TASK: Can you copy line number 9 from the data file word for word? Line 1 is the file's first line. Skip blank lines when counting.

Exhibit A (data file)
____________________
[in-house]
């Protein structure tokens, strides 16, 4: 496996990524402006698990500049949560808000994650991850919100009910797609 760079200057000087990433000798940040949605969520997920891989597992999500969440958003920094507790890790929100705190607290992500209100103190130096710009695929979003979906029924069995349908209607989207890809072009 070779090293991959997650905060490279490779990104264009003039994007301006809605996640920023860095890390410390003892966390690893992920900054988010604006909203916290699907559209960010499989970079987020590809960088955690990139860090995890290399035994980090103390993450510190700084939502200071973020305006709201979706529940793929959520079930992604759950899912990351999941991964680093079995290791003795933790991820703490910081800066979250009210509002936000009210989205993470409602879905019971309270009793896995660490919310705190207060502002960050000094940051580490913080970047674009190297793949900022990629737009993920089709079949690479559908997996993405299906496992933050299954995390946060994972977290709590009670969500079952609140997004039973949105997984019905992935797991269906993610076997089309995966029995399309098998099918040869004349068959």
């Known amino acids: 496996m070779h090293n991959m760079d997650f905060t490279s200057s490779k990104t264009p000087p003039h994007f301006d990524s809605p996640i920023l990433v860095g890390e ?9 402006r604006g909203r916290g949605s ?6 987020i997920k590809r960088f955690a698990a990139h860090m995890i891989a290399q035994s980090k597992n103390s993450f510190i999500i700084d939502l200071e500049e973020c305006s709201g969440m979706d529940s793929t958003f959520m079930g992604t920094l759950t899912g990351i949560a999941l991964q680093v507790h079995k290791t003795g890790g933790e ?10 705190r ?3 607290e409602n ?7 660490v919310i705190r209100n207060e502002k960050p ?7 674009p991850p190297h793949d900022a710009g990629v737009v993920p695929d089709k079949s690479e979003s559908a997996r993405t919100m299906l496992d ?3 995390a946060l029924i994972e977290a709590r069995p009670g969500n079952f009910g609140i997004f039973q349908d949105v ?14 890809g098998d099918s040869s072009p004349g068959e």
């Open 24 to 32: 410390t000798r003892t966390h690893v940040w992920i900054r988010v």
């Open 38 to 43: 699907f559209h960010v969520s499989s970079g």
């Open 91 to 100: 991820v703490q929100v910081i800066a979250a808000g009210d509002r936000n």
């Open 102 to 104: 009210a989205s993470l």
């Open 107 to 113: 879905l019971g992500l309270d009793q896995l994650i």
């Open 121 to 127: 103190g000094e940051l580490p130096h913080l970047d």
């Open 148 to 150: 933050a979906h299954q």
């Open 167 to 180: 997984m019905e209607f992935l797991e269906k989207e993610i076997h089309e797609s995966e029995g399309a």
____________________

């Open 121 to 127: 103190g000094e940051l580490p130096h913080l970047d």